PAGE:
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That’s just what you are

Honey, I feel you! Aimee Mann:

Morning has broken

Cat Steven:

Remember, climate is what you expect — and weather is what you get. (Dr. Jeff Masters explains here.] The more of certain kinds of weather you get, the bigger the effect on the climate — and that’s why we’re seeing bigger, more frequent extreme storms:

LOUISVILLE, Ky. – At least 17 24 people were killed in southern Indiana and Kentucky after a series of fierce storms carved a path of destruction through the Midwest on Friday.

The National Weather Service estimated there may have been 10 or more tornado touchdowns in the two states.
Kentucky declared a state of emergency, and Indiana officials said they were discussing that late Friday night.

As night fell, crews were searching for victims and beginning the cleanup.

In the town of Chelsea in Jefferson County, Ind., first responders found a 4-year-old boy and his great-grandparents lying on the ground 50 feet from where the elderly couple’s home had been blown off its foundation. The house was thrown more than 100 feet away. All three died of multiple blunt force injuries, according to David Bell the county’s Emergency Management director.

A man who lived nearby also was killed when the storm slammed into his residence, Jefferson County Sheriff John Wallace said.

The victims’ names were being withheld pending notification of relatives, Wallace said.

“All of this happened in less than 30 seconds,” said Cory Thomas, a Hanover volunteer firefighter, who was sitting in a firetruck watching and videotaping the funnel cloud as it moved from the north.

Michelle and Daniel Cartwright, whose parents lived at an intersection nearby, had rushed from their home to his parents’ house to help his grandmother during the storm. They moved her to the basement and heard a tremendous roar as the storm bore down on the house, Michelle Cartwright said.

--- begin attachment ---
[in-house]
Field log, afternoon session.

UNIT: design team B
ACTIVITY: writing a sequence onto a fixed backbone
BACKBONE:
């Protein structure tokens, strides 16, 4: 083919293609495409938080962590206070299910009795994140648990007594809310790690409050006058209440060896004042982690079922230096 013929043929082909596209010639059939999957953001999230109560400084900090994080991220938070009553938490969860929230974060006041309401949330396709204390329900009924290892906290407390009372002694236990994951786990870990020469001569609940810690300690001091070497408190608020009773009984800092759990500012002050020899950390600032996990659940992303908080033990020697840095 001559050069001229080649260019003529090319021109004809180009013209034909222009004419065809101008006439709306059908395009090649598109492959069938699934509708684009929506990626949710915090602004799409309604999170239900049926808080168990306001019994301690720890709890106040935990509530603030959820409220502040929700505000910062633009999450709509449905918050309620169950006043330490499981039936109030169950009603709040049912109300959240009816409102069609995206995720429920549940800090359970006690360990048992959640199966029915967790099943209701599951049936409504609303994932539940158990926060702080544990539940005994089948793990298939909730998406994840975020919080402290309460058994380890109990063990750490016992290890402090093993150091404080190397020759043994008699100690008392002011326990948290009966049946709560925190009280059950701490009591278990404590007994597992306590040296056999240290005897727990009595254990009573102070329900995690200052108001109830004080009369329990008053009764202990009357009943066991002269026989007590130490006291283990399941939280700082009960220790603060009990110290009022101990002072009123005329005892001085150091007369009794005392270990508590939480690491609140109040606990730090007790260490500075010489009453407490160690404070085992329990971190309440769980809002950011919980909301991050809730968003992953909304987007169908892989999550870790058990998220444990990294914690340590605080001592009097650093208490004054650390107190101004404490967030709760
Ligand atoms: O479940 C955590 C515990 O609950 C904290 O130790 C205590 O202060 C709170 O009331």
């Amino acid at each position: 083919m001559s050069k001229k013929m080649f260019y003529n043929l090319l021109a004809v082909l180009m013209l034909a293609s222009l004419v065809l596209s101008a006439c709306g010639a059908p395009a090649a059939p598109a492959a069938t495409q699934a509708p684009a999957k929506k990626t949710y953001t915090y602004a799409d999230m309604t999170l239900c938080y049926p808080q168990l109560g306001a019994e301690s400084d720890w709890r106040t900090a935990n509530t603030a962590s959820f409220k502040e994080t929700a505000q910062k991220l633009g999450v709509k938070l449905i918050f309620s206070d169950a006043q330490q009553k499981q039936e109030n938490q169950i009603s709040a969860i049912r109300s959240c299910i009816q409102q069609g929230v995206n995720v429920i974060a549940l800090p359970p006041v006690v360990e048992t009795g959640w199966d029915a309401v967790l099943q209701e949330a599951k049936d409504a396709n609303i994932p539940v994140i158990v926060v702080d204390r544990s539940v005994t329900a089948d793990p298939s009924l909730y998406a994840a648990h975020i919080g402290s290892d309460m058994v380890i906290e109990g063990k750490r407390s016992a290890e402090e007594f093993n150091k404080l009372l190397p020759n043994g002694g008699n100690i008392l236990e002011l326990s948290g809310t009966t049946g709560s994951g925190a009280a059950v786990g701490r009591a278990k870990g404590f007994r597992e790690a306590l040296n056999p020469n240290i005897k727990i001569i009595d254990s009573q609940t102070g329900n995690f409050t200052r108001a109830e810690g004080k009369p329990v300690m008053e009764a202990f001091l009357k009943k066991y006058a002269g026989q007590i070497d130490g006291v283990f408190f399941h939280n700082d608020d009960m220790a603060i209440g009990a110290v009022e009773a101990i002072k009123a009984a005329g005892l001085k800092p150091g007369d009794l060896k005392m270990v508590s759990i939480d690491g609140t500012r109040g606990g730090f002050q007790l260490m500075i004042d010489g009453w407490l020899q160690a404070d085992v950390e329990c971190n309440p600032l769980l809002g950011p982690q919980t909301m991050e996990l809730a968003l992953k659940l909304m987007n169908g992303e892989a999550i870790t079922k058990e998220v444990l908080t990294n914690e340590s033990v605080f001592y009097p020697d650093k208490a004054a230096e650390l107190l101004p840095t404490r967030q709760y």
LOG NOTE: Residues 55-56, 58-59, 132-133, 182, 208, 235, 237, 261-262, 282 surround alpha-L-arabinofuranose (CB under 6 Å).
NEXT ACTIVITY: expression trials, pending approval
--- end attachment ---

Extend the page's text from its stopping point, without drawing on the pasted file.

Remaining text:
“It’s undescribable. It sounded like the house was collapsing,” she said. “I thought I was gone. The windows shattered. Dust was flying everywhere.”

In Washington County, four people were found dead in a structure along Old Pekin Road, according to Sheriff Claude Combs. The victims were a family of two adults, a child and a baby, he said.

Out of the game

Rufus Wainwright:


What Thers said.

Love interruption

Jack White:

Running out of fools

Aretha, 1964:


So this is how you write about an Andrew Breitbart. Nicely done, Mark!

Was I on your mind

Jessie Baylin:

Good clean hits

I just would like someone to explain to me why this is just fine, but decent people are still supposed to shun Michael Vick:

The Washington Redskins had a bounty system for big hits on opponents under former defensive coordinator Gregg Williams that was similar to the one revealed by an NFL investigation of the New Orleans Saints, four players who played under Williams said Friday.

Three of the players described a coach who doled out thousands of dollars to Redskins defenders who measured up to Williams’s scoring system for rugged play, including “kill shots” that knocked opposing teams’stars out of a game.

“You got compensated more for a kill shot than you did other hits,” said one former player, who spoke on condition of anonymity.

Of the four players interviewed, only Philip Daniels, a former defensive lineman, was willing to be quoted on the record. He defended Williams’s coaching. Daniels now serves as the team’s director of player development.

Players said compensation ranged from “hundreds to thousands of dollars,” with the biggest sum any player received believed to be about $8,000.

“I never took it for anything [but] just incentive to make good, hard plays,” said a current player, who requested anonymity. “But I’m pretty sure it did entice some guys to do more to a player than normal when it came to taking them out. I mean, that’s cash. Let’s just be honest about it.

“If you took the star player out, he’d hook you up a little bit.”

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